Major health insurers are increasingly buying up health care clinics and establishing plans that encourage their members to go to those sites for care—raising concerns for hospitals and physician groups, many of which are aiming to compete for the same patients, Anna Wilde Mathews reports for the Wall Street Journal.
How insurers are trying to gain a foothold in the provider space
Health insurers can deploy a variety of tactics to encourage their members to seek care at their own clinics, rather than those owned by other stakeholders.
For instance, several Aetna plans this year have eliminated copayments for visits to the MinuteClinic, the retail clinic run by CVS, which was recently acquired Aetna. However, according to Wilde Mathews, members still face copays for visits to other retail clinics.
Similarly, Blue Cross & Blue Shield of Texas this year started offering a plan that provides no-cost primary care visits at the clinics it has opened with partner company Sanitas. The plan also allows members to visit independent providers, but members have copays for those services, Wilde Mathews reports.
Florida Blue also has plans that emphasize no-cost visits to primary care clinics owned by a joint venture that involves the company's corporate parent.
And in the Los Angeles area, UnitedHealth Group's insurance arm, UnitedHealthcare, has launched a health plan that centers on doctors who work for UnitedHealth Group's Optum. Optum in recent years has added a range of provider offerings to its portfolio, including physician practices, surgery centers and urgent-care clinics, Wilde Mathews reports. (The Daily Briefing is published by Advisory Board, a division of Optum.)
Why some hospitals are worried about insurers' moves
Wilde Mathews writes that "deals like the CVS-Aetna merger and Optum's provider acquisitions have created integrated health-care giants on a new scale," potentially posing a business challenge to other health care providers.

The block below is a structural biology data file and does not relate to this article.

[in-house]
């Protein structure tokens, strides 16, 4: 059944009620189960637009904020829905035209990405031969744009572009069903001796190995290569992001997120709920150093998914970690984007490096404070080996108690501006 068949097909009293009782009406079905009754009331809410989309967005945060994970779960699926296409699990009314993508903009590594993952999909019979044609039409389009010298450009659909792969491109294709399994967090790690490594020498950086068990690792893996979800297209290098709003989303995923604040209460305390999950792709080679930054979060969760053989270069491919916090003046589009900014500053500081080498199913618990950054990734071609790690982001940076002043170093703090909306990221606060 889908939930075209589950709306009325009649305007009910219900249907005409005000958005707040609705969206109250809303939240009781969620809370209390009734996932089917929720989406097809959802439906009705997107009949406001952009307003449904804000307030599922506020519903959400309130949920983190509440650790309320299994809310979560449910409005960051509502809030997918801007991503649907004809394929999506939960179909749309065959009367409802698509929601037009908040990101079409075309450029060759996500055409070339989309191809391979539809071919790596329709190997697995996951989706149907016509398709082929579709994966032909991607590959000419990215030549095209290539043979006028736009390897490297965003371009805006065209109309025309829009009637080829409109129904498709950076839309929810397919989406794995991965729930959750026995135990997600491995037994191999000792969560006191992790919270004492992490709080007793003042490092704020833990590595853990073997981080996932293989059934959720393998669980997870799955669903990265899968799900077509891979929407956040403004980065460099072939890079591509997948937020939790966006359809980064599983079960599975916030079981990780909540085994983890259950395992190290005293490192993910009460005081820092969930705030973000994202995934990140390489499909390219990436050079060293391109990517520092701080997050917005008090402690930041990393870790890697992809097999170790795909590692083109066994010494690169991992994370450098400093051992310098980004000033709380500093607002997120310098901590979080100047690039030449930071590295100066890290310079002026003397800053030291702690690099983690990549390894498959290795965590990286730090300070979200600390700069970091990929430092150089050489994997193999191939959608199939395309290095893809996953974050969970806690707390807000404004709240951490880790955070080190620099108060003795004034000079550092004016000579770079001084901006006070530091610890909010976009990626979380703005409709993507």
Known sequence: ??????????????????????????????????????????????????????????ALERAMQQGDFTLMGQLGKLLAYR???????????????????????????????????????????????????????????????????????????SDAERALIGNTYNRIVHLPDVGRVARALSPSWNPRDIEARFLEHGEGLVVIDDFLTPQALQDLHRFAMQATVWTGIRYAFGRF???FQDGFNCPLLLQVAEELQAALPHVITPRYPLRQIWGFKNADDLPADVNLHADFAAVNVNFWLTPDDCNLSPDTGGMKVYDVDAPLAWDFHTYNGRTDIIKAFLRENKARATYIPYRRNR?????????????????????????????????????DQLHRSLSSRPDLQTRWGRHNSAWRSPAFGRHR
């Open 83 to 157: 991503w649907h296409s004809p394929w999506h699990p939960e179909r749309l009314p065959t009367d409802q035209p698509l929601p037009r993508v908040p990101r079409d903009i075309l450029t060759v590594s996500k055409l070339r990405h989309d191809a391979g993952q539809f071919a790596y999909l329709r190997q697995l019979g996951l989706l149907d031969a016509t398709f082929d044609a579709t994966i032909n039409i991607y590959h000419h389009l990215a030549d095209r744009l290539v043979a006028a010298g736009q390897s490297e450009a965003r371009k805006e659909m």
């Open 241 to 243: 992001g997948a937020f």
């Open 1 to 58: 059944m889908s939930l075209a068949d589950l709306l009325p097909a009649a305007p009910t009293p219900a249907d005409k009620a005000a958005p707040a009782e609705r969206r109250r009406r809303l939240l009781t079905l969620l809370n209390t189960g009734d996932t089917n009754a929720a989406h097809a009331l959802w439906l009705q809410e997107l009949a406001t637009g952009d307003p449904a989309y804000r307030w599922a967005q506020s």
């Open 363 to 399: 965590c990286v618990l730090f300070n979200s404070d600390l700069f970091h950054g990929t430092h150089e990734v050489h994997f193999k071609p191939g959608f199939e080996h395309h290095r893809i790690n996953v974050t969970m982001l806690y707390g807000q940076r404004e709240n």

Some hospitals worry that insurer-owned plans might not refer patients to their health systems for imaging scans and specialist procedures, which could damage an important part of hospitals' business, Wilde Mathews reports.
But insurers say their plans do not aim to exclude external providers. For instance, Florida Blue EVP Chuck Divita said the clinics the Florida Blue's plans work with would aim to refer patients to providers with the best outcomes.
Rob Falkenberg, chief executive of UnitedHealthcare's California operation, said UnitedHealthcare's new Harmony plan may rely on both Optum and non-Optum doctors, and both provider groups will be treated equally.
Why insurer-owned clinics still need other providers
But while insurers' steps may pose financial challenges to providers, they aren't equipped to offer the full range of health care services that hospitals and other industry players provide, Wilde Mathews reports.
Sam Glick, a partner with consulting firm Oliver Wyman, a unit of Marsh & McLennan Cos., said, "Health plans want to exert pressure on provider systems, but they don't have a product without providers in it, so they're moving carefully."
Another complication is that many employers aren't interested in doing business with health plans that maintain narrow networks—which typically is the case for plans anchored to insurer-owned clinics. According to a 2019 Kaiser Family Foundation (KFF) survey, 39% of employers would not narrow their network to achieve cost savings.
On the other hand, individual purchasers—including those shopping on the Affordable Care Act exchanges or those enrolled in Medicare Advantage, appear more receptive to plans with fewer choices, according to KFF EVP Gary Claxton. "They're making an individual choice of plan, and they're not shopping for 5,000 different people in different places," he said (Wilde Mathews, Wall Street Journal, 2/23; Rappleye, Becker's Hospital Review, 2/21; Blue Cross and Blue Shield of Texas release, 10/4/19).